“What may seem old-fashioned to some is actually more modern than ever” – Südtirol News

Karthaus / Laas / Glurns – Irmgard of Galsaun near Kastelbell-Tschars makes baskets, bags and even whole cupboards from willow bast. It was made into fishing lines and nets 10,000 years ago. Josin of Susch (Lower Engadine) is – like his grandfather and father – a sgraffito artist. In the 16th century, Renaissance building masters brought this special decorating technique to Graubünden. Tessanda in Santa Maria, Val Müstair is one of the last three hand weaving mills in Switzerland. There, hand weavers work on looms that are over 100 years old. These are just three of the 25 “Diversity Guardians” – personalities whose work and attitudes are told by the traveling exhibition of the same name, which runs from July 15 to October 14. The aim of the exhibition is to get to know the great richness of the cultural heritage of this region and the people behind it. The exhibition was created as part of a research project in which researchers from Eurac Research are studying the living cultural heritage of the border between Italy and Switzerland. In doing so, they want to raise awareness of the living cultural heritage of the region, increase its recognition and strengthen its resilience in the long term. The vernissage will take place on Friday, July 15 at 18:00 in the Kartause of Allerengelberg monastery in Karthaus (Schnals). The exhibition will also be shown in Laas, Glurns and Valchava (CH). Admission is free.

“A good year ago I moved to Vinschgau, and more specifically to Eyrs. What I found here captivated me from the very beginning. Many people here are deeply rooted in the community, they have a close relationship with the nature and knowledge of their ancestors, says project leader Ricarda Schmidt, archaeologist and cultural heritage expert at the Eurac Research Institute for Regional Development. “The personalities that I was able to meet during our research work associate much more value with their activities than just money. What may seem to some people an old-fashioned way of life is more modern and advanced to me than ever. ”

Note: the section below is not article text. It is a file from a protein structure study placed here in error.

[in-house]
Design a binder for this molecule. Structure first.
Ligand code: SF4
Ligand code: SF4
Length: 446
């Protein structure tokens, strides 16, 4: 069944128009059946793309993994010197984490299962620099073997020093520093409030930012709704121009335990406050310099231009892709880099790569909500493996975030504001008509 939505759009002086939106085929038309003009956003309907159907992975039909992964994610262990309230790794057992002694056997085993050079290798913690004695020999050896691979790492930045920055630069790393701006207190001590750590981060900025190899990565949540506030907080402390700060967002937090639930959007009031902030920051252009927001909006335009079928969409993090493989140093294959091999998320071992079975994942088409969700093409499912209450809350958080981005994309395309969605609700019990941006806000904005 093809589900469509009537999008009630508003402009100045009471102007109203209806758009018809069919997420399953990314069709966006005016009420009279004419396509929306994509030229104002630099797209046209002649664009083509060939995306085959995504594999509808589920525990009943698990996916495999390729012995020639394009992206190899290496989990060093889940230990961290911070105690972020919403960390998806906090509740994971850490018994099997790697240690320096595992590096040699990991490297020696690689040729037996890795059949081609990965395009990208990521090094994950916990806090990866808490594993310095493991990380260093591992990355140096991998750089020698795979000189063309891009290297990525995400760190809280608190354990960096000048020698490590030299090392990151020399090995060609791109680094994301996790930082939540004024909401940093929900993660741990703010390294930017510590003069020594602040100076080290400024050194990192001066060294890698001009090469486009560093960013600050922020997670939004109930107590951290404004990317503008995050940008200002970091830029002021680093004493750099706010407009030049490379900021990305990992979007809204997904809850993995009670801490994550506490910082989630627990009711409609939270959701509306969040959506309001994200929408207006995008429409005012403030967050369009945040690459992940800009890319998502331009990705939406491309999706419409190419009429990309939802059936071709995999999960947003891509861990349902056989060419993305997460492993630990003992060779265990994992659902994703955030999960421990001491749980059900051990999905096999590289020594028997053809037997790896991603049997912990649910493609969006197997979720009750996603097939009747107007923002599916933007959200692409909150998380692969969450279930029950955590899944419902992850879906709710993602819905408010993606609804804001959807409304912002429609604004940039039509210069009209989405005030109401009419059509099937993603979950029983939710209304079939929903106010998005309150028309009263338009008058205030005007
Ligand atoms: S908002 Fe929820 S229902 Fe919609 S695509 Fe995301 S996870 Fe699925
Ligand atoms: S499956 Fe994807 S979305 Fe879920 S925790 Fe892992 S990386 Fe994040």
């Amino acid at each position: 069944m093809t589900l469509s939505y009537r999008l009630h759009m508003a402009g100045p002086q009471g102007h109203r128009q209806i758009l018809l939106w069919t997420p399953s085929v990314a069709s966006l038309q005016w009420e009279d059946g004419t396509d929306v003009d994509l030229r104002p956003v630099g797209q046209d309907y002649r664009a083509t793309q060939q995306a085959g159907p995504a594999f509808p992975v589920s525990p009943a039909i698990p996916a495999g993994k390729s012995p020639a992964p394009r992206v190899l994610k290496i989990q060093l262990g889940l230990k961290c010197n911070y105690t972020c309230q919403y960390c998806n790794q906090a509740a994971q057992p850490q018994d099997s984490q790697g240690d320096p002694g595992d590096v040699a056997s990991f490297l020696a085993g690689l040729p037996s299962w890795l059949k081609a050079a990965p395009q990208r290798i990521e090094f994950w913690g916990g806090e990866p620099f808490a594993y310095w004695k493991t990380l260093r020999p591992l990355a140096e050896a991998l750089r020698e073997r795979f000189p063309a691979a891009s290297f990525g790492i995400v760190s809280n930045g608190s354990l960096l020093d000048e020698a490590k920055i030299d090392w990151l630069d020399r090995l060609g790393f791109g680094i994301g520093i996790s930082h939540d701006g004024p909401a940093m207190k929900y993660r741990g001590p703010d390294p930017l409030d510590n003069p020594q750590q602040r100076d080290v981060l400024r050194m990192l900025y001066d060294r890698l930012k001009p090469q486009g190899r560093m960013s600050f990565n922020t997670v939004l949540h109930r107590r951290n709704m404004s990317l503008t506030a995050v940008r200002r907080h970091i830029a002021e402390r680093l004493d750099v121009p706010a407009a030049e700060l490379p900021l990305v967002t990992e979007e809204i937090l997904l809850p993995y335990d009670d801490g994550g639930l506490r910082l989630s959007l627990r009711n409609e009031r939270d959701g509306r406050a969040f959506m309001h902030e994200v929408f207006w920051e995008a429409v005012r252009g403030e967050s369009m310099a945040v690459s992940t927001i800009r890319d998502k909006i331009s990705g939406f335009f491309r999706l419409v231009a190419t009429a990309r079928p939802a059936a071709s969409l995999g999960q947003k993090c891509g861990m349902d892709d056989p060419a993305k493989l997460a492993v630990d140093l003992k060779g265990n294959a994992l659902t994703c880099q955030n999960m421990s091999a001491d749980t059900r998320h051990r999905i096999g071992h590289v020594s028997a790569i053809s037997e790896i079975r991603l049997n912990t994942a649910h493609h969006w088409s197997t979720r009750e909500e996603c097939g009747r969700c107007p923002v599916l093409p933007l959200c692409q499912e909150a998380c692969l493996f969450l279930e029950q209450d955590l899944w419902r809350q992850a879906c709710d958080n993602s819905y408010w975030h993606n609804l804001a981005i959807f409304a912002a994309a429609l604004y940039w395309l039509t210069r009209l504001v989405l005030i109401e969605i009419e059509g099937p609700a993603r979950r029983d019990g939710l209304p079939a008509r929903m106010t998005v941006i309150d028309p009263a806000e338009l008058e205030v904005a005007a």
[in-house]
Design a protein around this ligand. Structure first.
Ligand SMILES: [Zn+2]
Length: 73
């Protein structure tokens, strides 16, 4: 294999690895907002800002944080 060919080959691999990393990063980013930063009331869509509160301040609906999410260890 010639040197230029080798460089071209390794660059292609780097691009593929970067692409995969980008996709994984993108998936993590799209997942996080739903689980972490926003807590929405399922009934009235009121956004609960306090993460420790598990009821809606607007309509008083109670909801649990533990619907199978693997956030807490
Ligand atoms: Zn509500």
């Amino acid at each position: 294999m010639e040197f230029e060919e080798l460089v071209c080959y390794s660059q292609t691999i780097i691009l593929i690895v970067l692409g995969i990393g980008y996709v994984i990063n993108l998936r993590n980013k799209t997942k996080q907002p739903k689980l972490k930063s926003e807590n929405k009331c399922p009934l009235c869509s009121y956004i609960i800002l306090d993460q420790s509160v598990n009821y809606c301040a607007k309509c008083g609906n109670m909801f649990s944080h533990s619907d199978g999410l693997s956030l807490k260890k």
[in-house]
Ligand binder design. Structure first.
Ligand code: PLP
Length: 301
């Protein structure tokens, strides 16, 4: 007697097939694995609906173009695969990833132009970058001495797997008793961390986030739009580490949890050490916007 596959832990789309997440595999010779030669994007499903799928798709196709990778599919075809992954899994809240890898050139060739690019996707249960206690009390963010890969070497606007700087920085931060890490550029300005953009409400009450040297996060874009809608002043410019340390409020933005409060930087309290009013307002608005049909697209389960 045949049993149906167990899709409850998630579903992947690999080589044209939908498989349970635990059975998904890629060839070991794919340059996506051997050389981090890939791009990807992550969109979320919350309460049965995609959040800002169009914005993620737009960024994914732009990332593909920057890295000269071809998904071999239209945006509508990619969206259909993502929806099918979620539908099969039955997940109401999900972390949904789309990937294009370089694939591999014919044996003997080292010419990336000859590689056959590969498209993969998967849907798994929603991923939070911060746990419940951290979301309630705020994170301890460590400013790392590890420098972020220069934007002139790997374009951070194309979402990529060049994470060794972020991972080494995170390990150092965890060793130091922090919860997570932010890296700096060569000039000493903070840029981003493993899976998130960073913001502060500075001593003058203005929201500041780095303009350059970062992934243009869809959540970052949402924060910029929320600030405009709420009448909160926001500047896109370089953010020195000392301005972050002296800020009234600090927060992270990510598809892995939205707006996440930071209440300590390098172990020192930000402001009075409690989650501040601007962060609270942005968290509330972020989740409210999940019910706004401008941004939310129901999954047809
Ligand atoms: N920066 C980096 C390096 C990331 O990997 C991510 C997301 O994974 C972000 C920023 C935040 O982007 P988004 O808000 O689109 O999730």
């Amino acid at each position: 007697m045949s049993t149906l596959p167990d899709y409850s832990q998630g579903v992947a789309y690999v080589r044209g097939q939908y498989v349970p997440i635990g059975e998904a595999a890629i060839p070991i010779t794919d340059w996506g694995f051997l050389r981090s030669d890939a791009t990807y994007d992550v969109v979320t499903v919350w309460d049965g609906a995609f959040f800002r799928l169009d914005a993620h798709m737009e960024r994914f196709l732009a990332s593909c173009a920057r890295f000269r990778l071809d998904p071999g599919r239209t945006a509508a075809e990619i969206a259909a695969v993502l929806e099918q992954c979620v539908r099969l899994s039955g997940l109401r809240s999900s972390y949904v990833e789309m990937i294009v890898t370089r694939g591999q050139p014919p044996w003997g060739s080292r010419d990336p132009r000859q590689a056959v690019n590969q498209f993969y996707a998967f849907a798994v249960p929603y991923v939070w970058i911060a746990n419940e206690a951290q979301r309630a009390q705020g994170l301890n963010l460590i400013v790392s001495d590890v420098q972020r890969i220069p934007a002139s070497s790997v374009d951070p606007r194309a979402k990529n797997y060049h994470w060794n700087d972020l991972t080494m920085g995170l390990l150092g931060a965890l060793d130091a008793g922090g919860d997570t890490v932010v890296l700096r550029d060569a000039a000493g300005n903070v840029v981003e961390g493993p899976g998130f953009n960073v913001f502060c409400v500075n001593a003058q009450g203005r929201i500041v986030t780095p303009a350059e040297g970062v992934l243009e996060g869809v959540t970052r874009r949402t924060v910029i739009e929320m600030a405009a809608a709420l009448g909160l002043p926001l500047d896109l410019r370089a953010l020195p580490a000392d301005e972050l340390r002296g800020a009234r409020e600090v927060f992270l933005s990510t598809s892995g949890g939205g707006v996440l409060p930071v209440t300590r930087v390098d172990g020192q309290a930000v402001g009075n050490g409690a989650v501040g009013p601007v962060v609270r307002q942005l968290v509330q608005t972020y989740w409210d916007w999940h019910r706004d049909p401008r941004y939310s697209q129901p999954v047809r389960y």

In her research, Schmidt looked for personalities who had a particular merit in living cultural heritage. She had numerous interviews, which she documented, assessed and prepared in the form of an exhibition.

The exhibition presents boards with information about the living cultural heritage under study. Some examples: Stilzer Pfluagziachn, seed propagation in the countryside, growing an orchard, breeding and training herding dogs. The panels are accompanied by quotes and photos of the people behind these activities. “Our exhibition presents 25 personalities and 19 examples of the cultural heritage of the region. However, we are aware that there are many other people in this frontier who make an outstanding contribution to the living cultural heritage. Therefore, the exhibition also aims to track down other “keepers of diversity”. Identifying living cultural heritage is primarily a task for local communities – as external researchers, we can only propose ideas and stimulate dialogue, ”says Schmidt.

Old traditions and craftsmanship is revived or made aware of not only in Vinschgau, but also in other parts of South Tyrol: for example, in Pustertal, where the seeds of rare and old local varieties that are characteristic of the valley are replaced.

“All these people live according to the principles of sustainable development, which should be much more strongly practiced and implemented in this country,” says Thomas Streifeneder, head of the Institute for Regional Development at Eurac Research. “In times of social unrest and climate change, it is also politically important to support South Tyrol’s living cultural heritage.”

Information about the exhibition

The exhibition takes place in the following locations:

– 15.-31. July 2022: Karthaus, Monastery of Kartause Allerengelberg
– August 6 and 7, 2022: at the “Marble and Morele” festival in Laas
– 03.-18. September 2022: at Palabira Days in Glurns
– 02.-14. October 2022: at the harvest festival and in Chasa Jaura in Valchava (CH)
Scientists plan this year to publish a book on “Keepers of Diversity” in the border regions of Vinschgau, Lower Engadine and Val Müstair.

The exhibition is carried out as part of the Interreg Italy-Switzerland project “Living Intangible Cultural Heritage” conducted by Eurac Research. The project partners are the Lombardy region, the Aosta Valley region and the Polo Poschiavo region.

From: mk

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